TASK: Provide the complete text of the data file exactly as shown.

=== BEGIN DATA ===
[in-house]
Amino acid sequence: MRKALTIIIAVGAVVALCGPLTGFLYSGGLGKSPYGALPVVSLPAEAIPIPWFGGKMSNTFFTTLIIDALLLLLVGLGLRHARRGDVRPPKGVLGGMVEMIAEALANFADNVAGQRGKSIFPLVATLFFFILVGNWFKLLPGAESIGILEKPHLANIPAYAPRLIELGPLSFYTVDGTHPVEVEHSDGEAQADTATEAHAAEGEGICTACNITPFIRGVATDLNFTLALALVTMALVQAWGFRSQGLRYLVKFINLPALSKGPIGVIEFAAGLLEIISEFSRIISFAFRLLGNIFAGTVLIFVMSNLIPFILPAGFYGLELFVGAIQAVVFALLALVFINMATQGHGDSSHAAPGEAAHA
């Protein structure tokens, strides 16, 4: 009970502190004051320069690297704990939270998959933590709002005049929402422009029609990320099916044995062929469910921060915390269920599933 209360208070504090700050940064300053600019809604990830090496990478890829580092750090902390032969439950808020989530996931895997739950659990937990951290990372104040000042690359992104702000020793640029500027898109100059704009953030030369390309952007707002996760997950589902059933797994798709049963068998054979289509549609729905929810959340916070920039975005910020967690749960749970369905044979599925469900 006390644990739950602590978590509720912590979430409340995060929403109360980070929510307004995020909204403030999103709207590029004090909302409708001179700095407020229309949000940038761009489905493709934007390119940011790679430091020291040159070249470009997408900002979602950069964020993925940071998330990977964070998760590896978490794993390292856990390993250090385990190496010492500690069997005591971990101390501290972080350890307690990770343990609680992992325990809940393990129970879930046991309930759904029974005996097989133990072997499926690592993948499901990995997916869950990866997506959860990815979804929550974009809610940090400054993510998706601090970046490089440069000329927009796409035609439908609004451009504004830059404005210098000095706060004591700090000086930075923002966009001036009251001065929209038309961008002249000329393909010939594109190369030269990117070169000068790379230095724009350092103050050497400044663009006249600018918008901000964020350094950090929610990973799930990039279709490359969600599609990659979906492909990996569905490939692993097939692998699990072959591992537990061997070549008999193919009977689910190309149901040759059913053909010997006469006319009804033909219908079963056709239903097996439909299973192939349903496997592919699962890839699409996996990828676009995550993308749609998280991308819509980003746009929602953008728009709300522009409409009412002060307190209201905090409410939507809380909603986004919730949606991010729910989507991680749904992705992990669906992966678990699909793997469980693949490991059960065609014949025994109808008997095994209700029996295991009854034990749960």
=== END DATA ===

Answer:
[in-house]
Amino acid sequence: MRKALTIIIAVGAVVALCGPLTGFLYSGGLGKSPYGALPVVSLPAEAIPIPWFGGKMSNTFFTTLIIDALLLLLVGLGLRHARRGDVRPPKGVLGGMVEMIAEALANFADNVAGQRGKSIFPLVATLFFFILVGNWFKLLPGAESIGILEKPHLANIPAYAPRLIELGPLSFYTVDGTHPVEVEHSDGEAQADTATEAHAAEGEGICTACNITPFIRGVATDLNFTLALALVTMALVQAWGFRSQGLRYLVKFINLPALSKGPIGVIEFAAGLLEIISEFSRIISFAFRLLGNIFAGTVLIFVMSNLIPFILPAGFYGLELFVGAIQAVVFALLALVFINMATQGHGDSSHAAPGEAAHA
């Protein structure tokens, strides 16, 4: 009970502190004051320069690297704990939270998959933590709002005049929402422009029609990320099916044995062929469910921060915390269920599933 209360208070504090700050940064300053600019809604990830090496990478890829580092750090902390032969439950808020989530996931895997739950659990937990951290990372104040000042690359992104702000020793640029500027898109100059704009953030030369390309952007707002996760997950589902059933797994798709049963068998054979289509549609729905929810959340916070920039975005910020967690749960749970369905044979599925469900 006390644990739950602590978590509720912590979430409340995060929403109360980070929510307004995020909204403030999103709207590029004090909302409708001179700095407020229309949000940038761009489905493709934007390119940011790679430091020291040159070249470009997408900002979602950069964020993925940071998330990977964070998760590896978490794993390292856990390993250090385990190496010492500690069997005591971990101390501290972080350890307690990770343990609680992992325990809940393990129970879930046991309930759904029974005996097989133990072997499926690592993948499901990995997916869950990866997506959860990815979804929550974009809610940090400054993510998706601090970046490089440069000329927009796409035609439908609004451009504004830059404005210098000095706060004591700090000086930075923002966009001036009251001065929209038309961008002249000329393909010939594109190369030269990117070169000068790379230095724009350092103050050497400044663009006249600018918008901000964020350094950090929610990973799930990039279709490359969600599609990659979906492909990996569905490939692993097939692998699990072959591992537990061997070549008999193919009977689910190309149901040759059913053909010997006469006319009804033909219908079963056709239903097996439909299973192939349903496997592919699962890839699409996996990828676009995550993308749609998280991308819509980003746009929602953008728009709300522009409409009412002060307190209201905090409410939507809380909603986004919730949606991010729910989507991680749904992705992990669906992966678990699909793997469980693949490991059960065609014949025994109808008997095994209700029996295991009854034990749960």